“What aren’t you telling me?” I could see that she was struggling with how to share what she obviously knew.

“Zell said she isn’t talking,” I waited as she grabbed a breath and found my eyes, her own misty with tears and pain I couldn’t fully comprehend. “But, she…”

She paused so I pushed, “Celeste, you have to tell me.”

Slowly she raised her eyes to mine, pained, “She cut the word ‘RAPED’ into her arm.”

“What?!” I was angry and disappointed and searching for answers other than the one my mind offered because it was too much to bear! Surely, she was mistaken? Surely, he had not… I gritted my teeth, “Liam.”

Celeste dropped her head and looked at her hands, “We don’t know. She isn’t talking.”

But, I knew. Everything I had experienced in the last twelve hours pointed to the truth of that night, who, and what had happened. My mind raced with what to do – go to Oona or kill Liam? I jumped up, grabbed my keys, and got in my truck. I thought about going to Oona’s, but there was only one person that I could see through the red in my eyes, and the picture sickened me, “LIAM.”

I had visions of killing him as I drove to his apartment, the apartment where Stephen had set him up, the apartment that the church was paying for! That knowledge made me push the gas harder to get there faster. Who did he think he was, anyway!?

I got out of my truck and slammed the door, I forgot about my bum leg as I jumped out, and pounded on his door. Liam opened it with a smile that faded into fear as he realized who it was.

“Who do you think you are!?” he asked, trying to push the door closed.

“I was about to ask you the same thing,” I questioned, barging through his flimsy barrier. 

“I asked you first.”

“I’ll ask the questions!” I demanded. That’s when I saw his laptop. His eyes darted to its position. Military training cues you in on certain tactical moves and recognizing that look of fear, I knew. Walking toward it, I glared at him, “What were you doing?” 

Liam reached to shut down the laptop as he said, “Preparing a lesson…”

I interrupted him, grabbing it off the counter away from his grasp, “Yeah? Let’s see what we’re studying this week,” I hit a key and the pictures lit up displaying girls in their various forms all beckoning for every man’s attention, “Or should I say WHO?” My eyes went cold. He was a snake, a pervert, and a coward! I couldn’t take it anymore. Those girls had faces to me – Zella, Celeste, Oona! I growled, “Is that what they are to you!? Bodies without names! Is that what you were thinking about when you raped her!?”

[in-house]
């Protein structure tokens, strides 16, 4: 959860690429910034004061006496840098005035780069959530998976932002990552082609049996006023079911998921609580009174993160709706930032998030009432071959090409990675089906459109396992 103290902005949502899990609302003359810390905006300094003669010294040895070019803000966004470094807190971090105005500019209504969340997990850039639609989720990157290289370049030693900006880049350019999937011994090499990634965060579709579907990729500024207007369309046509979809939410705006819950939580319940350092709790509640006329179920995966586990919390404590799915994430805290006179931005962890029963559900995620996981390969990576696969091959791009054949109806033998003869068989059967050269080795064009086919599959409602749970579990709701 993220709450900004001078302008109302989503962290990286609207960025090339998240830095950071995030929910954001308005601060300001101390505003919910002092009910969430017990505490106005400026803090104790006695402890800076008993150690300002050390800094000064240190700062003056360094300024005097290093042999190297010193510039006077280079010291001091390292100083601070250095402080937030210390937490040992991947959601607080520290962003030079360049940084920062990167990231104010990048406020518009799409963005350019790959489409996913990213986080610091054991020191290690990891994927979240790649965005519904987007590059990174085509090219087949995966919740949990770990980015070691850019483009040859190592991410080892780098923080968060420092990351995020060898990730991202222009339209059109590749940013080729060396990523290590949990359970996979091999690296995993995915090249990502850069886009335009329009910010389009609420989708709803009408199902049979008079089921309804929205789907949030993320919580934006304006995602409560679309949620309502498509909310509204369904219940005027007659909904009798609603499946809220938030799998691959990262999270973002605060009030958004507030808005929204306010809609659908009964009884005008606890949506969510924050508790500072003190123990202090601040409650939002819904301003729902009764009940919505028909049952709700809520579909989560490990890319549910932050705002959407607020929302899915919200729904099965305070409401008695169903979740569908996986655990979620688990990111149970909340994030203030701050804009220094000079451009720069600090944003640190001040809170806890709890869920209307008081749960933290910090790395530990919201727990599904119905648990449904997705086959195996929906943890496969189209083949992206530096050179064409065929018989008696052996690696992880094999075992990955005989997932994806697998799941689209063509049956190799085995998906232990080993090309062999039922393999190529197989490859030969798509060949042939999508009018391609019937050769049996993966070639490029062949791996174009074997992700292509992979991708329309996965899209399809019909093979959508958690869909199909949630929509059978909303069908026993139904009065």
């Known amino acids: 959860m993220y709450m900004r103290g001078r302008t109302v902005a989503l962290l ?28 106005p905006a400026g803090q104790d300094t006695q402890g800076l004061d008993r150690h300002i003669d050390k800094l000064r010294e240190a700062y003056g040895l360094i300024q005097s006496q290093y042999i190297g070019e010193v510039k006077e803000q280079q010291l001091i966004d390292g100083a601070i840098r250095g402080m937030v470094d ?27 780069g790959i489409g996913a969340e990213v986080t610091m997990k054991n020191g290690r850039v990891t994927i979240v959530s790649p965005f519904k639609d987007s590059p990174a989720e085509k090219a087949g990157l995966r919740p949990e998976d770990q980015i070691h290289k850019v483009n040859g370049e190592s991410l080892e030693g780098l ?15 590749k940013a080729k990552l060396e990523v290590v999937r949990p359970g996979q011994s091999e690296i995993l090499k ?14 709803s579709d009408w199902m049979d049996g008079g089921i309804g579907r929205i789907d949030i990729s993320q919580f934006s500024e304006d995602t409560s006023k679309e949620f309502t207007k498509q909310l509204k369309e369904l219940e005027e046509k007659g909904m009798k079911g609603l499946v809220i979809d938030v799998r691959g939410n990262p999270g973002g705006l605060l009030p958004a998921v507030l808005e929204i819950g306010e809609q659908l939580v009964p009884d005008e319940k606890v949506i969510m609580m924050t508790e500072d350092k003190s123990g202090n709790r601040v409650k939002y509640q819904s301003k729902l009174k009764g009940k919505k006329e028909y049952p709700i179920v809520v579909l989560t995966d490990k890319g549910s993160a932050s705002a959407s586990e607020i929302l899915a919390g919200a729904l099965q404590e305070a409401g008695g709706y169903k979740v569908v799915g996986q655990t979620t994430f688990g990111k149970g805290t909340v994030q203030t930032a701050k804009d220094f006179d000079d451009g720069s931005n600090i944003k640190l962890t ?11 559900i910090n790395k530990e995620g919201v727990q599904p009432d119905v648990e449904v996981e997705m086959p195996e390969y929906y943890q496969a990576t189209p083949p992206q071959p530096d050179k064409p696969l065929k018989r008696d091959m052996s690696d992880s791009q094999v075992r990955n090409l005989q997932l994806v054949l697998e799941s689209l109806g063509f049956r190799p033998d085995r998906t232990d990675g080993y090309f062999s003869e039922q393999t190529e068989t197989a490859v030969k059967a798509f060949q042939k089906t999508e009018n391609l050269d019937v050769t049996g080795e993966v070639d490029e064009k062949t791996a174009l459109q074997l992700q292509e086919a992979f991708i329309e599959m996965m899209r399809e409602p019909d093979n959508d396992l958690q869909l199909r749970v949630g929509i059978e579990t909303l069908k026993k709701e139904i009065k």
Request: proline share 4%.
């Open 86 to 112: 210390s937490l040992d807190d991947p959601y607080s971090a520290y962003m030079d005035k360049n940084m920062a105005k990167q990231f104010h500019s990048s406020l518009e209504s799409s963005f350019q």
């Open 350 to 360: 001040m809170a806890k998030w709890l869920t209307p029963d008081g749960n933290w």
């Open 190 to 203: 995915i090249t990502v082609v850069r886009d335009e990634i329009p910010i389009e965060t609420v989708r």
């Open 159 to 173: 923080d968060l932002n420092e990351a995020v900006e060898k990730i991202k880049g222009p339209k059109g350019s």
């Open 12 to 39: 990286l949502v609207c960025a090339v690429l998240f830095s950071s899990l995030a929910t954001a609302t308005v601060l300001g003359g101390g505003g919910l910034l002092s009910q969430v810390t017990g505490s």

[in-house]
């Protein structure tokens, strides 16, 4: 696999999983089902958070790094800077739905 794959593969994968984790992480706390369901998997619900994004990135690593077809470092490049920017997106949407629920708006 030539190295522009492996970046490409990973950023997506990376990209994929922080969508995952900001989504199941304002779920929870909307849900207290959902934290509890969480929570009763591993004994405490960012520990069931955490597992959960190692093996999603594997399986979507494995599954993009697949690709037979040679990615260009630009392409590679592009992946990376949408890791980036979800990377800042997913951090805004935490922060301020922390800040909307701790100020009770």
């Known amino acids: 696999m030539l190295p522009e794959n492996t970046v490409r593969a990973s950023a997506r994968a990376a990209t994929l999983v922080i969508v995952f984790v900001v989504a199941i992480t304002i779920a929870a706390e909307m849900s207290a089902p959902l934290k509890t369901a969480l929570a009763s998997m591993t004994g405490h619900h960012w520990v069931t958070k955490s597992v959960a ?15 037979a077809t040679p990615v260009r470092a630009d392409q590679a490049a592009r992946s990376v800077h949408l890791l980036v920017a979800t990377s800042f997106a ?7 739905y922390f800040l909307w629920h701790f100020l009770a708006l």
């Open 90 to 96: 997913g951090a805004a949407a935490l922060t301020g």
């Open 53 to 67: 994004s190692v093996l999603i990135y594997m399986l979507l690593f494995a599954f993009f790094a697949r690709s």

Liam struggled to keep up and said in defense, or out of fear, I wasn’t quite sure, “It’s not what you think.”

I smirked and raised the laptop over my head, smashing it into the floor. “Yeah, and neither is that,” I finished with a condescending tone. 

“Hey! That isn’t- ”

Enraged I cut him off and rammed him up against the wall adjacent to the door. “You’re running out of excuses, and frankly, I don’t have time to hear them!” I forced my forearm against Liam’s throat. 

“But Dude, she was-” he started.

I cut him off before he could finish whatever lie he attempted to tell, “Don’t you dare!” I pushed in harder, watching him struggle to breathe, “Did you ever stop to think that she had feelings, that ‘NO’ might actually mean NO?” Did you? I never trusted you! I knew you were a jerk from the day we met! I could kill you!” It was only then that I noticed Liam was really struggling for breath, and his eyes were about to roll back in his head. I released my grip just in time.  I watched him collapse to the floor.  “Isn’t it ironic that the one thing saving you right now is the thought of the girl that you tried to destroy?” 

He started to choke and wheeze, regaining his air. I wasn’t sympathetic. I took in his apartment with its tidy couch and decorative pillows, the Bible open on his coffee table. It was the perfect picture, the perfect trap. It made me sick. I kicked what was left of the laptop across the room, “Only Jesus can save you now.” I walked out and slammed the door, leaving him to think about what he had done and what was coming. 

I got in my jeep and raced to Oona’s side, wondering if she would even see me. I had to calm down, my anger wasn’t going to help her, and until Stephen got home or Oona told us what happened, Liam would just have to wait. As much as I hated the thought of that, I knew that if I didn’t cool off, I would find myself back in his apartment to finish what I started. That would only make matters worse and get me in trouble with the law and ultimately, keep me farther away from Oona. When I pulled up to their house, Mr. Stuckey was there, sitting outside on the stairs with his head in his hands. I didn’t know what to do or what to say, so I thought I could just sit in my truck until he left, but he didn’t look like he was leaving any time soon. I could tell that whether I wanted to or not, I was going to have to say something to him before I could hopefully see his daughter. I said a prayer as I grabbed my crutches, I had no clue what I was going to say.

He didn’t seem to notice me at all as I approached the steps. Maybe I could step past him and get into the house? I considered how I might maneuver around him when I saw his head lift and heard his throat clear before he said, “She won’t talk to anyone.”

“I heard,” I acknowledged.

His eyes were bloodshot and he looked old, not the usual picture of perfection and power I had seen in him before, the look of a man undone. I had seen that haggard look before. “Do you know?”